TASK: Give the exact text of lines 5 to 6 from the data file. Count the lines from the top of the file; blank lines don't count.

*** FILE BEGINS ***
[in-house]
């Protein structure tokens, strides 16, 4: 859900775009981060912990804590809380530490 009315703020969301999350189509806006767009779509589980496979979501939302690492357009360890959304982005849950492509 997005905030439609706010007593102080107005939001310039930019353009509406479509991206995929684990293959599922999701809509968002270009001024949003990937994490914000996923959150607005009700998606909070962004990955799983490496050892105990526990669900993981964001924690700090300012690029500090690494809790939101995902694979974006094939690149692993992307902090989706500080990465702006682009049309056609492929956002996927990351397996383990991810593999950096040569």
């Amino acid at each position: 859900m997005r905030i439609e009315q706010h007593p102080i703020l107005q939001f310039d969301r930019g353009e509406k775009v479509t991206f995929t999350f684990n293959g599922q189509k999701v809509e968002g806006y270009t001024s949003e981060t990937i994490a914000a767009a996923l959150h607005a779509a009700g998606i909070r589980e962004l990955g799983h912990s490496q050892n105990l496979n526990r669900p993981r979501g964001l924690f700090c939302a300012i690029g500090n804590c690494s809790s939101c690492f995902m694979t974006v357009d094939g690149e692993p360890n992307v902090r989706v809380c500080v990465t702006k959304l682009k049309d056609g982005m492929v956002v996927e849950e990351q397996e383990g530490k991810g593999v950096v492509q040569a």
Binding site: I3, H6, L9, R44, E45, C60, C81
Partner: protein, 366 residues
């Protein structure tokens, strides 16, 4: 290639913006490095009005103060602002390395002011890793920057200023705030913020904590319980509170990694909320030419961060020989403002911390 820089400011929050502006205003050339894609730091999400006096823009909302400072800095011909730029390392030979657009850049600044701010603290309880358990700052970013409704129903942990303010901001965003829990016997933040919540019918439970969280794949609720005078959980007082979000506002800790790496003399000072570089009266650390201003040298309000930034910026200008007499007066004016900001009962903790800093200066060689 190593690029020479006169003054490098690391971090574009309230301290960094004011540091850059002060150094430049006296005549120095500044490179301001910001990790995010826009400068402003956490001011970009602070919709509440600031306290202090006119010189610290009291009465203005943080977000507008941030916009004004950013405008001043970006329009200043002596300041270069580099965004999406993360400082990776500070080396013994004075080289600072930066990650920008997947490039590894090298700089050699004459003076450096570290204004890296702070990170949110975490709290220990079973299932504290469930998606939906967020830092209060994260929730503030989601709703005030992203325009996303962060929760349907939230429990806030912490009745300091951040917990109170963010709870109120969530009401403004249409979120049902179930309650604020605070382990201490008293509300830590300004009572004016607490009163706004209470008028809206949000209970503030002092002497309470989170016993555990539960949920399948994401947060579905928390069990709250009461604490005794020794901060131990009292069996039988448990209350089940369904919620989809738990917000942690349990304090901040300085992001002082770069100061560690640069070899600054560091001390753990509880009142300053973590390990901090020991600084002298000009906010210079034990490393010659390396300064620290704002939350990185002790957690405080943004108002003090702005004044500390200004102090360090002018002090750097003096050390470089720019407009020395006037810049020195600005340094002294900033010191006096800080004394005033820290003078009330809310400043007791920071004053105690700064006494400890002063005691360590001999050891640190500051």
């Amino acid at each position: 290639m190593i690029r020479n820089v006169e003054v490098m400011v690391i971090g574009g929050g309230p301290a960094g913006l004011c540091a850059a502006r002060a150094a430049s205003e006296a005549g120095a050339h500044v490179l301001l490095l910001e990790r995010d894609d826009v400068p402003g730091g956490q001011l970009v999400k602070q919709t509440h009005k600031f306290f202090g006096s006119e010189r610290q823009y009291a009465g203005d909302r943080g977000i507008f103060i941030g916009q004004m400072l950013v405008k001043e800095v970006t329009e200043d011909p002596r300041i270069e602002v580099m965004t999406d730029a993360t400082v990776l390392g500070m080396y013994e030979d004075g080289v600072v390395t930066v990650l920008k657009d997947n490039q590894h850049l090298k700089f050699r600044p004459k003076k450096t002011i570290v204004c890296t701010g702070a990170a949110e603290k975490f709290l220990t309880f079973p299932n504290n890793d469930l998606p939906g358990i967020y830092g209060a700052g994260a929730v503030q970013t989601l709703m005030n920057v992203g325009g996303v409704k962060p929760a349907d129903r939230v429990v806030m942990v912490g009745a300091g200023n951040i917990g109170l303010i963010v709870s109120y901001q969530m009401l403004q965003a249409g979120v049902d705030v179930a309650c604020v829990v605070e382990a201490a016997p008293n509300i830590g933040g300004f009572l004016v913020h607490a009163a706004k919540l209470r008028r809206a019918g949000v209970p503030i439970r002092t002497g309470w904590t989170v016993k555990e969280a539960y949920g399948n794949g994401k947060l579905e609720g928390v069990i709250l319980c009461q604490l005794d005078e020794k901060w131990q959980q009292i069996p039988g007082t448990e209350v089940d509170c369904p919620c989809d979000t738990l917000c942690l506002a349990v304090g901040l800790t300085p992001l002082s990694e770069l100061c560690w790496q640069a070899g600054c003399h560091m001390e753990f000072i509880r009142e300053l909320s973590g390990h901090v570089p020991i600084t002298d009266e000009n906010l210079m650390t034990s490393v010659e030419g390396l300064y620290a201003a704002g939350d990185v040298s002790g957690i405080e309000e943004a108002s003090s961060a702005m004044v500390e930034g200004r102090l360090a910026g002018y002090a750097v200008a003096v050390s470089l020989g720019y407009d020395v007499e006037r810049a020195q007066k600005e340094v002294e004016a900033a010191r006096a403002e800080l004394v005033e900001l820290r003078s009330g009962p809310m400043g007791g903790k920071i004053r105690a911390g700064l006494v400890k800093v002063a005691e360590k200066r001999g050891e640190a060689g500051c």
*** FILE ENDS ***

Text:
Partner: protein, 366 residues
């Protein structure tokens, strides 16, 4: 290639913006490095009005103060602002390395002011890793920057200023705030913020904590319980509170990694909320030419961060020989403002911390 820089400011929050502006205003050339894609730091999400006096823009909302400072800095011909730029390392030979657009850049600044701010603290309880358990700052970013409704129903942990303010901001965003829990016997933040919540019918439970969280794949609720005078959980007082979000506002800790790496003399000072570089009266650390201003040298309000930034910026200008007499007066004016900001009962903790800093200066060689 190593690029020479006169003054490098690391971090574009309230301290960094004011540091850059002060150094430049006296005549120095500044490179301001910001990790995010826009400068402003956490001011970009602070919709509440600031306290202090006119010189610290009291009465203005943080977000507008941030916009004004950013405008001043970006329009200043002596300041270069580099965004999406993360400082990776500070080396013994004075080289600072930066990650920008997947490039590894090298700089050699004459003076450096570290204004890296702070990170949110975490709290220990079973299932504290469930998606939906967020830092209060994260929730503030989601709703005030992203325009996303962060929760349907939230429990806030912490009745300091951040917990109170963010709870109120969530009401403004249409979120049902179930309650604020605070382990201490008293509300830590300004009572004016607490009163706004209470008028809206949000209970503030002092002497309470989170016993555990539960949920399948994401947060579905928390069990709250009461604490005794020794901060131990009292069996039988448990209350089940369904919620989809738990917000942690349990304090901040300085992001002082770069100061560690640069070899600054560091001390753990509880009142300053973590390990901090020991600084002298000009906010210079034990490393010659390396300064620290704002939350990185002790957690405080943004108002003090702005004044500390200004102090360090002018002090750097003096050390470089720019407009020395006037810049020195600005340094002294900033010191006096800080004394005033820290003078009330809310400043007791920071004053105690700064006494400890002063005691360590001999050891640190500051």